NEW HORIZONS IN REACTIVE DISTILLATION
Taking reactive distillation to the next level of process intensification
Reactive distillation (RD) reduces capital investment and saves energy because it can get passed equilibrium limitations, simplify complex processes, increase product selectivity and improve separation efficiency. This article gives a brief overview into novel integrated technologies that combine RD principles with new intensified distillation - e.g. dividing-wall column, cyclic, high gravity and heat-integrated distillation. This leads to new processes and applications.
Process intensification technologies already have a strong positive impact in the chemical process industries  and reactive distillation (RD) is one of its biggest successes. It relies on the synergy generated when catalyzed reactions are combined with distillation into a single unit. Today it is considered an established industrial unit operation and the front-runner in the PI field with many applications such as: MTBE, ETBE, TAME, MIBK, acetates, fatty esters, etc. [1-3] For RD to be feasible, there must be a good match between the operating parameters required for reaction and distillation, but this may be limited by properties of the components, catalytic activity and selectivity, and the equipment design. Other parameters that play a role such as mass transfer, residence time and reaction rate can be altered by using different equipment or operating modes. 
Despite remarkable developments during the past decades, the potential of RD technology has not been fully realized yet and research is still ongoing to improve it further by various intensification means: e.g. use of dividing walls, cyclic operation, internal heat integration, high-gravity fields, the combination of RD with other operations (membrane separations), or use of alternative energy (ultrasounds or microwaves).  This paper focuses only on recent novel RD configurations.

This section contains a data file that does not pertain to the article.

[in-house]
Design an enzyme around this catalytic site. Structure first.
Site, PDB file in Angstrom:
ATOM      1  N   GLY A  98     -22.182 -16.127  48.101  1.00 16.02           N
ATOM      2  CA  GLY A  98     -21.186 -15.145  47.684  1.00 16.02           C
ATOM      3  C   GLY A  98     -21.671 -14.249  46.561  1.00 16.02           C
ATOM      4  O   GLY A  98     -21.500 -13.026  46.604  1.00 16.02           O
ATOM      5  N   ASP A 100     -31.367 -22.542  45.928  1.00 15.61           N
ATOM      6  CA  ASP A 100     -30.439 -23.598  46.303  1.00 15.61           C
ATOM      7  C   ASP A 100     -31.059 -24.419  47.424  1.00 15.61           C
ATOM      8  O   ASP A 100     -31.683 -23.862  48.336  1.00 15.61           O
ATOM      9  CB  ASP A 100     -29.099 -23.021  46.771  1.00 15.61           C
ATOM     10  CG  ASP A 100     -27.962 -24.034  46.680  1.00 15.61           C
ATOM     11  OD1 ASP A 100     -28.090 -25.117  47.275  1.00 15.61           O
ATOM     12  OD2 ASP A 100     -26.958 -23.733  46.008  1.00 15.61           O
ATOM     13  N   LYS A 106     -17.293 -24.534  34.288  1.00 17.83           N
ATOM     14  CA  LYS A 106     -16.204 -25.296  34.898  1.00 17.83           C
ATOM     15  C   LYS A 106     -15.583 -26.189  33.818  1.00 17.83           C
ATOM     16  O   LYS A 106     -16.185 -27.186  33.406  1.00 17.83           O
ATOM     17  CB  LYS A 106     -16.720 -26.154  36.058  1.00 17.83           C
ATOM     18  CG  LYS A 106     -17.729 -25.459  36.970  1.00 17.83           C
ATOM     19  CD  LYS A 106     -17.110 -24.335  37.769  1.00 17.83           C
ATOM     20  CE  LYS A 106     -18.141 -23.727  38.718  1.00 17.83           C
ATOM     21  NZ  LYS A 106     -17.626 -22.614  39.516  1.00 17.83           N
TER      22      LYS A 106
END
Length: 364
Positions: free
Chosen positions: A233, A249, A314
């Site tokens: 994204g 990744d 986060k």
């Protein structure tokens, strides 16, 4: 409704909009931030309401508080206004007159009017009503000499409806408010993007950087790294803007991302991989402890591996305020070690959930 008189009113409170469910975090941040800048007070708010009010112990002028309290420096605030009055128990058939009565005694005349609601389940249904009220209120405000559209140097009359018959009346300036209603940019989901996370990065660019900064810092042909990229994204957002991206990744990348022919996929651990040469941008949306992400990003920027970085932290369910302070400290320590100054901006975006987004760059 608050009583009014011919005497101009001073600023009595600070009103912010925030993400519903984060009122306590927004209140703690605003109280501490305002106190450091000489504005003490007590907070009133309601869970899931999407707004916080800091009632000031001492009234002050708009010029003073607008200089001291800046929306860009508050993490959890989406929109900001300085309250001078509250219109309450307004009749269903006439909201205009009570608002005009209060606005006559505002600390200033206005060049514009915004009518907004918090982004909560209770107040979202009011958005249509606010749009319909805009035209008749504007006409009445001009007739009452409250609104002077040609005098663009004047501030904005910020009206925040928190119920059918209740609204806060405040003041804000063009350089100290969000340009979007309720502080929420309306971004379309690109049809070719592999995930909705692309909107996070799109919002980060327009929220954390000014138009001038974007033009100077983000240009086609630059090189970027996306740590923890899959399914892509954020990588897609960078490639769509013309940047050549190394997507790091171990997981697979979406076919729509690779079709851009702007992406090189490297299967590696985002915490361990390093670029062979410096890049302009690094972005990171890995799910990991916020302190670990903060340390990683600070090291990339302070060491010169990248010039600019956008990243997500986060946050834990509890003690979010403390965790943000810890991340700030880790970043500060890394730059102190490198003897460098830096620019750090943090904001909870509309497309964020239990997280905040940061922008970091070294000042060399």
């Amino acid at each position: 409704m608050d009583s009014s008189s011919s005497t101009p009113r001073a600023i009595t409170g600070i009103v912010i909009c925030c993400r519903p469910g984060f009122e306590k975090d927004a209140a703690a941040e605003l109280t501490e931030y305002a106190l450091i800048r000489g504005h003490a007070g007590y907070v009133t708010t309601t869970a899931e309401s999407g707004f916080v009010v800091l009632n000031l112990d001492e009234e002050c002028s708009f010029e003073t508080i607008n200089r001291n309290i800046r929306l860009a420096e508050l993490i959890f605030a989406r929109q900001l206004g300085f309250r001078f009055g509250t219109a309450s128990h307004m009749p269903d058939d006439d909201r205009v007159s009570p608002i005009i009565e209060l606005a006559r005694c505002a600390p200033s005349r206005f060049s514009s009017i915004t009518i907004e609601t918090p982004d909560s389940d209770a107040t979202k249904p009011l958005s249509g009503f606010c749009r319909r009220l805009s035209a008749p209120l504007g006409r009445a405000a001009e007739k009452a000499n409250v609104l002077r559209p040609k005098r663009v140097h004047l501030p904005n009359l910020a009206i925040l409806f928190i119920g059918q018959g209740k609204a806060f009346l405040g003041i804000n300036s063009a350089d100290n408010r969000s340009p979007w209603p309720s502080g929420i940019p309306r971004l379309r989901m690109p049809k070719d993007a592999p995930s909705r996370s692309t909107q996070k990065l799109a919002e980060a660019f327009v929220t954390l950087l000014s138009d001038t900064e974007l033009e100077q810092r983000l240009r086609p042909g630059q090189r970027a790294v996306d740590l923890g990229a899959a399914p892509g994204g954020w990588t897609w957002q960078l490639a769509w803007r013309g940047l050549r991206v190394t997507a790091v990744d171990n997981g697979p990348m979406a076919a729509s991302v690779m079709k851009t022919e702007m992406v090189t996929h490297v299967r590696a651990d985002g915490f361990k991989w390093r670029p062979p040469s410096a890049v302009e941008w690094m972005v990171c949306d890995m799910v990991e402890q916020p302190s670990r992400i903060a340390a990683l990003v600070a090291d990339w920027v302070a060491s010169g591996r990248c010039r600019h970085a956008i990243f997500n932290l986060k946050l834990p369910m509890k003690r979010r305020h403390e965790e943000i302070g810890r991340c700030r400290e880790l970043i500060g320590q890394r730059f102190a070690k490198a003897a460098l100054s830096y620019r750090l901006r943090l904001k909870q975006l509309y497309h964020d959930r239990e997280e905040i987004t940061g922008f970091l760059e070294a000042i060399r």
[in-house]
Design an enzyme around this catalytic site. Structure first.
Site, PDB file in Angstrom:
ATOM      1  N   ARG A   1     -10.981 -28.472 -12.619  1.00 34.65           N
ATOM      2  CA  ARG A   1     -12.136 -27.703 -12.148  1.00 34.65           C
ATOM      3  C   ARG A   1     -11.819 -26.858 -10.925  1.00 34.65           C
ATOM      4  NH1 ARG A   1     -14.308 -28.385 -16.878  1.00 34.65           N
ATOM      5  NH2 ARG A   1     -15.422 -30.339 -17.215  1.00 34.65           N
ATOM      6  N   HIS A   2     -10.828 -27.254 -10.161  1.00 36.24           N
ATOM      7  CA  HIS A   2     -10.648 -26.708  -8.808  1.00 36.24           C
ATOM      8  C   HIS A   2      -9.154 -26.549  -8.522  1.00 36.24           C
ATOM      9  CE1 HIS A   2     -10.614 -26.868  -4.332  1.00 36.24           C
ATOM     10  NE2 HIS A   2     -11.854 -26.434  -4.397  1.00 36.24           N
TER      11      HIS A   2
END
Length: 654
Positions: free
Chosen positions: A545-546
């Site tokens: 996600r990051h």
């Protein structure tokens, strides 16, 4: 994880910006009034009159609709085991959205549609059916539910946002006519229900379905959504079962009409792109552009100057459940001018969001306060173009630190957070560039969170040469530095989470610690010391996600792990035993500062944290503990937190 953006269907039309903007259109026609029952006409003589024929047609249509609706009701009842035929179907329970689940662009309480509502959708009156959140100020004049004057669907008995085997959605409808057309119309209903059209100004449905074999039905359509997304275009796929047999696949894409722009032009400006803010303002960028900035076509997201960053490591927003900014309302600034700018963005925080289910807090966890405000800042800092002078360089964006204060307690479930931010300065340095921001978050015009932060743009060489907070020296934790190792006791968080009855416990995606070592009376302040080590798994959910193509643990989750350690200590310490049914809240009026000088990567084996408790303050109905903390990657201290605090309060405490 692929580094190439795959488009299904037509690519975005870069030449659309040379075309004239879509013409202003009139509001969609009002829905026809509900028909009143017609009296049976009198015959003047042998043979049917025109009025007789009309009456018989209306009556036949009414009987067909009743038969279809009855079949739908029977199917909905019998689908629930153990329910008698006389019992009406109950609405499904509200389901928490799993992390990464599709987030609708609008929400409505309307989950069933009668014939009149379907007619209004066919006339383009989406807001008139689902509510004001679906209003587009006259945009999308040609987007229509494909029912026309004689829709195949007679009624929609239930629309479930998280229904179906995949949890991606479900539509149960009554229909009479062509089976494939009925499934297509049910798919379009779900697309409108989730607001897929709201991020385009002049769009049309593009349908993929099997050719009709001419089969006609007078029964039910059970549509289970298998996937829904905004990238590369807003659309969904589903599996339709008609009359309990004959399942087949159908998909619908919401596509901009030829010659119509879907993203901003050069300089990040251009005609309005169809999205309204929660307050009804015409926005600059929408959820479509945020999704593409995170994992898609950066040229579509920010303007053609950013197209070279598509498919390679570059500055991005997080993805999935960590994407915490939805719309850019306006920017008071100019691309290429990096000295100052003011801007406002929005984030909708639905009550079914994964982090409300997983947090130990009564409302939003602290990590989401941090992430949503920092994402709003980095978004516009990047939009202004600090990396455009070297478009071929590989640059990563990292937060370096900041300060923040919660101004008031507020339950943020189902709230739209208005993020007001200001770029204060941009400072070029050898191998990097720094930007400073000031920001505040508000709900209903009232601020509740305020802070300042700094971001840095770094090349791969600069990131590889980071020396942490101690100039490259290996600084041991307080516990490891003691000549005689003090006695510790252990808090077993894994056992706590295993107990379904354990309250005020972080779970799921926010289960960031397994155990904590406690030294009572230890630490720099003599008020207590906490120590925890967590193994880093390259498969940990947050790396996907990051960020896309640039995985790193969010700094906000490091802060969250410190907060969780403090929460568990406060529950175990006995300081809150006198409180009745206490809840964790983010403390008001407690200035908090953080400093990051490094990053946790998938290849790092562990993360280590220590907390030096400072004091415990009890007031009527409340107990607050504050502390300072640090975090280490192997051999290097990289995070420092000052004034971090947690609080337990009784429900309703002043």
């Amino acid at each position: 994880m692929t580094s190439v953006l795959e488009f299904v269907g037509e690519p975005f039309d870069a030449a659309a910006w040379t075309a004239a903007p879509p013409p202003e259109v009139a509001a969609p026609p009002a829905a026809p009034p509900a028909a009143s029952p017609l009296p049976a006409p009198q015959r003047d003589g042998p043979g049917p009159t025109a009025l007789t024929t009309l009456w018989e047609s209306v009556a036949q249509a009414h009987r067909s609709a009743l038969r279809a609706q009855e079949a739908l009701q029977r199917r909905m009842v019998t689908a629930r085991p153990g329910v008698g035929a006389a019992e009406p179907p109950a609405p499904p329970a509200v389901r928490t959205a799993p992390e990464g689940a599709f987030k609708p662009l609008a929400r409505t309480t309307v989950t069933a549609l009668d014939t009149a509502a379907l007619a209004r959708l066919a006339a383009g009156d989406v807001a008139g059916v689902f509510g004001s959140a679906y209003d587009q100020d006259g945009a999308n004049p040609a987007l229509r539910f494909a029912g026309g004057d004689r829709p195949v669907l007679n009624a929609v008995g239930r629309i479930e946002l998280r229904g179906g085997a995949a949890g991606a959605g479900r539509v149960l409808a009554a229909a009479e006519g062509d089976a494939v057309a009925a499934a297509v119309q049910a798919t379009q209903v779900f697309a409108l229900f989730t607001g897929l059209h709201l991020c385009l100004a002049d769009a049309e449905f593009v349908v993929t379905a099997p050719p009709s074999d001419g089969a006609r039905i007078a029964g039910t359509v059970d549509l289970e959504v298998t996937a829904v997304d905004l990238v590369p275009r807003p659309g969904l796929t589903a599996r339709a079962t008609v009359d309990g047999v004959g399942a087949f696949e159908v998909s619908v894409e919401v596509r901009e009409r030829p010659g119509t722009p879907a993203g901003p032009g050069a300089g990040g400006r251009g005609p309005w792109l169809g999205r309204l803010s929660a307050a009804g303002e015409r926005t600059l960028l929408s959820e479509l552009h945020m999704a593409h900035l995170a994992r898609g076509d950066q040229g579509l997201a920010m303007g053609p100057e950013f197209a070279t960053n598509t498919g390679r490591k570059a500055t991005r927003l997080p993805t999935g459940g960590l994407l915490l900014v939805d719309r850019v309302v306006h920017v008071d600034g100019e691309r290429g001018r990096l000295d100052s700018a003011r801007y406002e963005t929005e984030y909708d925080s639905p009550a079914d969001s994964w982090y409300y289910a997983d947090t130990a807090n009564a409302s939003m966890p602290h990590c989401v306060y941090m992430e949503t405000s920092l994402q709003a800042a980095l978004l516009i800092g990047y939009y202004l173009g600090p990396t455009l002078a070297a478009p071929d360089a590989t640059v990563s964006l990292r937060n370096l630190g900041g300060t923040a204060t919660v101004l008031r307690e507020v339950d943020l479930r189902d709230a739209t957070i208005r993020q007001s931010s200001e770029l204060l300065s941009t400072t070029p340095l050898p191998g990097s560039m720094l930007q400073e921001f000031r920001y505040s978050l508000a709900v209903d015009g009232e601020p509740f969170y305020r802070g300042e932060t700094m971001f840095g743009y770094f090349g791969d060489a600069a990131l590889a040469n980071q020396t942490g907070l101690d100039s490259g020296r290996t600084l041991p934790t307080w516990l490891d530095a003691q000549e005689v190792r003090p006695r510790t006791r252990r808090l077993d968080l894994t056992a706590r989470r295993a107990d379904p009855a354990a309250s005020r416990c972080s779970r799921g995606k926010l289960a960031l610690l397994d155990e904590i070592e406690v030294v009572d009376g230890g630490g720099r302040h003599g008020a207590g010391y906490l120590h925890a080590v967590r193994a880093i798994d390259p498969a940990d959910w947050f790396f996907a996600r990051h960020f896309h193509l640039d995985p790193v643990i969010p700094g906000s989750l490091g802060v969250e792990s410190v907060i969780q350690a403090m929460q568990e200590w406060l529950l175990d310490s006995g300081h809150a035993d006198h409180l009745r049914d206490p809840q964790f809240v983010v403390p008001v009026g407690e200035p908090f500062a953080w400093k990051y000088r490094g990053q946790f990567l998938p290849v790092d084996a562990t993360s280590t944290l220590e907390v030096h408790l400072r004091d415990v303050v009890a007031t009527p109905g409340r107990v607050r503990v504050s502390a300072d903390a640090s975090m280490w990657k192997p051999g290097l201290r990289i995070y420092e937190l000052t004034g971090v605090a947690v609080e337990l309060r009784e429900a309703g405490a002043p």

CLASSICAL REACTIVE DISTILLATION
Figure 1 shows the main configurations of classic RD processes, [2-3] ranging from a conventional setup (for quaternary reactive systems) to azeotropic reactive distillation (a column coupled with a decanter to separate the heterogeneous azeotrope) and RD with pre-reactors and/or side-reactors to increase the residence time. A catalyst may be homogeneous, heterogeneous or absent altogether. A homogeneous catalyst is allowed in practice to leave the RD column in one of the product streams, or it is neutralized and separated as salt waste or separated and recycled, or no catalyst separation or recovery is required.
A special case of catalysis is the use of immobilized enzymes that allow new possibilities for the application of biocatalysts, for example in the production of chiral compounds.
ADVANCED REACTIVE DISTILLATION
Taking reactive distillation to the next level of process intensification requires more advanced configurations, which extend the range (and overlap) of operating conditions beyond those applicable to classical RD. Other variations of RD may include for example integration with other PI technologies or the use of different operating modes, for further energy savings, increased efficiency and environmental friendliness.
Reactive dividing-wall column
RD in a dividing wall column (DWC) was a logical next step developed in academia and applied in industry (Figure 2). 
Reports in literature range from rate-based modeling and simulation of R-DWC processes to broad analysis of the R-DWC, its minimum energy demand and potential for energy savings and a comprehensive review on R-DWC. Compared to conventional processes R-DWC can add significant value to new chemical processes with a strong potential to improve production yields, save 15-75% in energy use and over 20% in capital cost.
The design and control of R-DWC can draw on the extensive experience of RD and DWC, respectively.
The key limitations of R-DWC relate to catalyst formulation, hold-up & residence time, pressure drop & flooding, and the need for equal pressure drop on the two sides of the dividing wall. The main potential applications are reversible reactions where the components have suitable boiling point characteristics. Potential R-DWC applications have been reported for the production of various chemicals e.g. methyl acetate, ethyl acetate, dimethyl ether, fatty acid methyl esters (FAME), biodiesel, diethyl carbonate, n-propyl propionate, and others.